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SCOTT DREYER: How Can Exercise Help You?

One reason The Epoch Times has become such a popular newspaper in its short, twenty-two year history is due to its rich and varied content. Not only do they boldly carry much political news and commentary that most in the mainstream media won’t touch, but they also share many practical stories on a wide variety of topics such as methods of decluttering, ways to avoid comparing ourselves to others, and the many health benefits of turmeric.

A story in their July 20 issue, “The Gains of Weekend Warriors” by Amy Denney, cites a “JAMA Internal Medicine” study and claims that exercise bunched into weekends yields roughly the same health benefits as spreading the movements out over the week.

The article continues, “Perhaps the results will motivate the 4 out of every 5 American adults who aren’t meeting the Department of Health and Human Services’ recommendation of 150 minutes of moderate exercise per week (or 75 minutes vigorous activity, or a combination of the two.)”

When you think about it, that is actually a pretty low bar to reach. Those 150 minutes are only 2.5 hours a week, which breaks down to only 25 minutes a day–shorter than the average TV episode–if you do something physical six days a week and take one day off.

Since the average walking speed is about three miles per hour, a person can just walk a mile and some change each day and hit that target.

The Epoch Times cited the American Heart Association (AHA) that “advises that even a little activity can offset a sedentary lifestyle. It defines physical activity as anything that burns calories through movement, such as walking, climbing stairs, and stretching.”

“Besides living longer, decades of research have found that exercise contributes to a better quality of life. Some of the outcomes of exercising, according to the AHA, include:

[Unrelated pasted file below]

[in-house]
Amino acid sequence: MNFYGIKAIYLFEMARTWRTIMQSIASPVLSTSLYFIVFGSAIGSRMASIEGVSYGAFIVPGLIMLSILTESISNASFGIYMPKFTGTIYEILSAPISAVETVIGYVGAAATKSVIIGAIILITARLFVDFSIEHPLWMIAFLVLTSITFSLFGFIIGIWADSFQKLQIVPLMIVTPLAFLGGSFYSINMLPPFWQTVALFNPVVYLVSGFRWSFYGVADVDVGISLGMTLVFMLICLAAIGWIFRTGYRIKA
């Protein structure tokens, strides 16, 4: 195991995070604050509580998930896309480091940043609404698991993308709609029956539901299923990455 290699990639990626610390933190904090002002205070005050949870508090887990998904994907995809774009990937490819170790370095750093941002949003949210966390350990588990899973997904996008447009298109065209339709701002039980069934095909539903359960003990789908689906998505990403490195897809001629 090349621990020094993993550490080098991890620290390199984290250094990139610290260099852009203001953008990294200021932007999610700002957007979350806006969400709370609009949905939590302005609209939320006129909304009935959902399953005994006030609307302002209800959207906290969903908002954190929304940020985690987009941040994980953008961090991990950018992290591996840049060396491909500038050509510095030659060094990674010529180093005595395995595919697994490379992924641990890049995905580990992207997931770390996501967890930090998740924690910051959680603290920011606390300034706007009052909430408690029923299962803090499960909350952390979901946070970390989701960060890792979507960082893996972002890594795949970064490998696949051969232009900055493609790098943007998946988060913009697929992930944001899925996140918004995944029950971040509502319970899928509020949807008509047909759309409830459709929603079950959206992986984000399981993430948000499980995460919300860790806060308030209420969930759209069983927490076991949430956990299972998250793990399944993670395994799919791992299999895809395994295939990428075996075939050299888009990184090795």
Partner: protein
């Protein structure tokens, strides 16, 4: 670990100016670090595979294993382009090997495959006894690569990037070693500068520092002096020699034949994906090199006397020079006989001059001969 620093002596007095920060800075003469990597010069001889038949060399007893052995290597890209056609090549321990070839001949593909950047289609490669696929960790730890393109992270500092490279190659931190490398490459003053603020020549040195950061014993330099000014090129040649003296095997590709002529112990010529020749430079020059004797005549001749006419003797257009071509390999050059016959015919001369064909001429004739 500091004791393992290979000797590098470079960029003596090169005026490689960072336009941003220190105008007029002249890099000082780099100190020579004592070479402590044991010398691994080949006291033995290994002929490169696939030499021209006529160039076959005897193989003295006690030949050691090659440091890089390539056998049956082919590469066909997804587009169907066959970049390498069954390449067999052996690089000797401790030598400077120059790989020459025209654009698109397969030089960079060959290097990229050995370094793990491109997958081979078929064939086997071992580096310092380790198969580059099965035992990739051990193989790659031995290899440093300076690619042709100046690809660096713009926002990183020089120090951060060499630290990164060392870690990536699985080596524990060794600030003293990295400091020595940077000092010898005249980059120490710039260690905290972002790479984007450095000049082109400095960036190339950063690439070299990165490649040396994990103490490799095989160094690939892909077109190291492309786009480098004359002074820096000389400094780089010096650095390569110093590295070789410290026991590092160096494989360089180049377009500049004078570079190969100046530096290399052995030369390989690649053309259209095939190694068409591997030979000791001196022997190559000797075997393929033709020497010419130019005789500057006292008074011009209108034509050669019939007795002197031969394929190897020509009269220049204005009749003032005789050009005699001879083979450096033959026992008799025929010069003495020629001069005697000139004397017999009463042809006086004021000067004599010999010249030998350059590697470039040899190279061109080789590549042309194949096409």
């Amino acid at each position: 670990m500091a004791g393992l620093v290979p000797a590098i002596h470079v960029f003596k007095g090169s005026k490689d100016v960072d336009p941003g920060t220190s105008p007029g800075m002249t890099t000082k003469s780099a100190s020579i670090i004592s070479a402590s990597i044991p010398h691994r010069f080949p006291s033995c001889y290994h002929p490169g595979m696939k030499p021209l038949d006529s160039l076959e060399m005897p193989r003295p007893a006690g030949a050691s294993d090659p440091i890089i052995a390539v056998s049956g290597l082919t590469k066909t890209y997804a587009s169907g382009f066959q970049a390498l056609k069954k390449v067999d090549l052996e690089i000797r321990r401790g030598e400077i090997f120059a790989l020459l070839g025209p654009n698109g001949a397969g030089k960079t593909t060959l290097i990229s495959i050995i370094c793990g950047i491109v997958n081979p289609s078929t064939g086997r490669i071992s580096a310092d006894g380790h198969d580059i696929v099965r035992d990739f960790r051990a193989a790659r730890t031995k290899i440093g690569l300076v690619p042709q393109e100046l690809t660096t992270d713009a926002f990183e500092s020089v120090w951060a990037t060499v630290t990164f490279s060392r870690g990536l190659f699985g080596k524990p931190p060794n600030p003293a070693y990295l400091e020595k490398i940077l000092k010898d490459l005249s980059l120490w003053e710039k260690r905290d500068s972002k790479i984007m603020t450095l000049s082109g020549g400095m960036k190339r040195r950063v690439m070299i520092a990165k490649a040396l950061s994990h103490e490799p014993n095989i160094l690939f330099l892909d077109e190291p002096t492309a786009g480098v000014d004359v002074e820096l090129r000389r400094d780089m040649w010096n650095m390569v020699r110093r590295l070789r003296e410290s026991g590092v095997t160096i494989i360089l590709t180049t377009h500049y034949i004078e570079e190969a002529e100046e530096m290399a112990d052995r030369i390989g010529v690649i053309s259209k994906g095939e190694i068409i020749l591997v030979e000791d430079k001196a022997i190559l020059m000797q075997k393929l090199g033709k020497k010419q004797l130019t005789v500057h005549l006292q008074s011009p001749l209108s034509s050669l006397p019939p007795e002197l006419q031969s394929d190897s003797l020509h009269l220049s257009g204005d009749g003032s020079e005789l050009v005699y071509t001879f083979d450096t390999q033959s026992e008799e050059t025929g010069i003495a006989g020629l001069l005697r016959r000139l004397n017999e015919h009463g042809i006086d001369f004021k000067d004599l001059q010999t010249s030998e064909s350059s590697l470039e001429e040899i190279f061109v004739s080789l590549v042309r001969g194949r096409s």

• Lower risk of heart disease, stroke, Type 2 diabetes, high blood pressure, dementia and Alzheimer’s, several types of cancer, and some complications of pregnancy
  • Better sleep, including improvements in insomnia and obstructive sleep apnea
  • Improved cognition, including memory, attention, and processing speed
  • Less weight gain and obesity, and fewer chronic health conditions
  • Better bone health and balance, with a lower risk of injury from falls
  • Fewer symptoms of depression and anxiety
  • Better quality of life and sense of overall well-being.”

After the past few years when we’ve all been told “Follow the science,” the research is clear: get up and get moving for better physical, emotional, and mental health. Plus, for those of us blessed to call Southwest and Central Virginia home, we can exercise outdoors in an area that is generally safe and surrounded by incredible natural beauty.

Scott Dreyer at Bryce Canyon
Scott Dreyer M.A. of Roanoke has been a licensed teacher since 1987 and now leads a team of educators teaching English and ESL to a global audience. Photo at Utah’s iconic Bryce Canyon. Learn more at DreyerCoaching.com.

 

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